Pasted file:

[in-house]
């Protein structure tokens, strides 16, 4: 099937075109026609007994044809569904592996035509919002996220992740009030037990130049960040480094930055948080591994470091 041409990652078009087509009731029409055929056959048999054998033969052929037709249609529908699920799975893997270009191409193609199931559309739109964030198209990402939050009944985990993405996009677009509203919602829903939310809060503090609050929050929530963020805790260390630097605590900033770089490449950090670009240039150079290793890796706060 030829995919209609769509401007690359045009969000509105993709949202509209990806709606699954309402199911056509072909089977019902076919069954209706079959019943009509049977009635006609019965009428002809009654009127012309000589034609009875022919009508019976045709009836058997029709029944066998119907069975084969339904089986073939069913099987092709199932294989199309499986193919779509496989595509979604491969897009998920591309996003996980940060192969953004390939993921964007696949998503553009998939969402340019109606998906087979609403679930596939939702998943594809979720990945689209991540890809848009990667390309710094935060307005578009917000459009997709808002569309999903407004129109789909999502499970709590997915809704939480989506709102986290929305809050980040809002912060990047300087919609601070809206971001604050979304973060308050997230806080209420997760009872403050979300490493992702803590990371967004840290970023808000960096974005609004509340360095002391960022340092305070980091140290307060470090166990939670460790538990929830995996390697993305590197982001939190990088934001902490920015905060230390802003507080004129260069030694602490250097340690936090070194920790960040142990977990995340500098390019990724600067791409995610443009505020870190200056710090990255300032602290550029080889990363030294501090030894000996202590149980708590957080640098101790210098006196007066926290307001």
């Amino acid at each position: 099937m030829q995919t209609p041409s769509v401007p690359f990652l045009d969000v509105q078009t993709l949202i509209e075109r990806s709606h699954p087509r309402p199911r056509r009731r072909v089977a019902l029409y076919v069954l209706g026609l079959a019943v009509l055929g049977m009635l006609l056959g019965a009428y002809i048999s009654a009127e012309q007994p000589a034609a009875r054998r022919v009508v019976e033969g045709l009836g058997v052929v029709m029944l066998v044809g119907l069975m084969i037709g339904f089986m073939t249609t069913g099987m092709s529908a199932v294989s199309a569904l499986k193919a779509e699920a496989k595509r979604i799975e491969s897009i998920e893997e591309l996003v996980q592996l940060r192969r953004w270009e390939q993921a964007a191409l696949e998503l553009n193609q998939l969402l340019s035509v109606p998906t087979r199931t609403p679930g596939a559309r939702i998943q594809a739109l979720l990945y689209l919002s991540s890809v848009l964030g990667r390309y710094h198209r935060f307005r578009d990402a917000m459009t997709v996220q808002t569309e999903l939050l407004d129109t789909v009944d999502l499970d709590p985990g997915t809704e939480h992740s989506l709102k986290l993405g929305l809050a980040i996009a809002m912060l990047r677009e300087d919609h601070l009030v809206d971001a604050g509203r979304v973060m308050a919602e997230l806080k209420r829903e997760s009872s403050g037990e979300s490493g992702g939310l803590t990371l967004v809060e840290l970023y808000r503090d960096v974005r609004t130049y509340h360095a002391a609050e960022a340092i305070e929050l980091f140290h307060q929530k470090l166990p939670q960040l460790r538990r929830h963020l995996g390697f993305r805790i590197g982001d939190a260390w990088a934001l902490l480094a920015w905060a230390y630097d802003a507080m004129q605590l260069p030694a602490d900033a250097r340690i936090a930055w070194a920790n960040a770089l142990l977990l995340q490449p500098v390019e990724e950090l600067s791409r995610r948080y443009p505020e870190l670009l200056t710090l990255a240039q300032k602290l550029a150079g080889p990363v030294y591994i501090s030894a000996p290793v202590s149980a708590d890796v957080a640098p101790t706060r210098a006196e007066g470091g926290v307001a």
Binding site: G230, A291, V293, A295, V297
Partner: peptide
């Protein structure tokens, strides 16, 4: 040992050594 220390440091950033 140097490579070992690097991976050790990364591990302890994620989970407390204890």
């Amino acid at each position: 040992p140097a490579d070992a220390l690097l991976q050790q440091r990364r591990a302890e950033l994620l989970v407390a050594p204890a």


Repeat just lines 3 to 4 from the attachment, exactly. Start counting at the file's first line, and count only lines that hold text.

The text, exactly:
């Amino acid at each position: 099937m030829q995919t209609p041409s769509v401007p690359f990652l045009d969000v509105q078009t993709l949202i509209e075109r990806s709606h699954p087509r309402p199911r056509r009731r072909v089977a019902l029409y076919v069954l209706g026609l079959a019943v009509l055929g049977m009635l006609l056959g019965a009428y002809i048999s009654a009127e012309q007994p000589a034609a009875r054998r022919v009508v019976e033969g045709l009836g058997v052929v029709m029944l066998v044809g119907l069975m084969i037709g339904f089986m073939t249609t069913g099987m092709s529908a199932v294989s199309a569904l499986k193919a779509e699920a496989k595509r979604i799975e491969s897009i998920e893997e591309l996003v996980q592996l940060r192969r953004w270009e390939q993921a964007a191409l696949e998503l553009n193609q998939l969402l340019s035509v109606p998906t087979r199931t609403p679930g596939a559309r939702i998943q594809a739109l979720l990945y689209l919002s991540s890809v848009l964030g990667r390309y710094h198209r935060f307005r578009d990402a917000m459009t997709v996220q808002t569309e999903l939050l407004d129109t789909v009944d999502l499970d709590p985990g997915t809704e939480h992740s989506l709102k986290l993405g929305l809050a980040i996009a809002m912060l990047r677009e300087d919609h601070l009030v809206d971001a604050g509203r979304v973060m308050a919602e997230l806080k209420r829903e997760s009872s403050g037990e979300s490493g992702g939310l803590t990371l967004v809060e840290l970023y808000r503090d960096v974005r609004t130049y509340h360095a002391a609050e960022a340092i305070e929050l980091f140290h307060q929530k470090l166990p939670q960040l460790r538990r929830h963020l995996g390697f993305r805790i590197g982001d939190a260390w990088a934001l902490l480094a920015w905060a230390y630097d802003a507080m004129q605590l260069p030694a602490d900033a250097r340690i936090a930055w070194a920790n960040a770089l142990l977990l995340q490449p500098v390019e990724e950090l600067s791409r995610r948080y443009p505020e870190l670009l200056t710090l990255a240039q300032k602290l550029a150079g080889p990363v030294y591994i501090s030894a000996p290793v202590s149980a708590d890796v957080a640098p101790t706060r210098a006196e007066g470091g926290v307001a």
Binding site: G230, A291, V293, A295, V297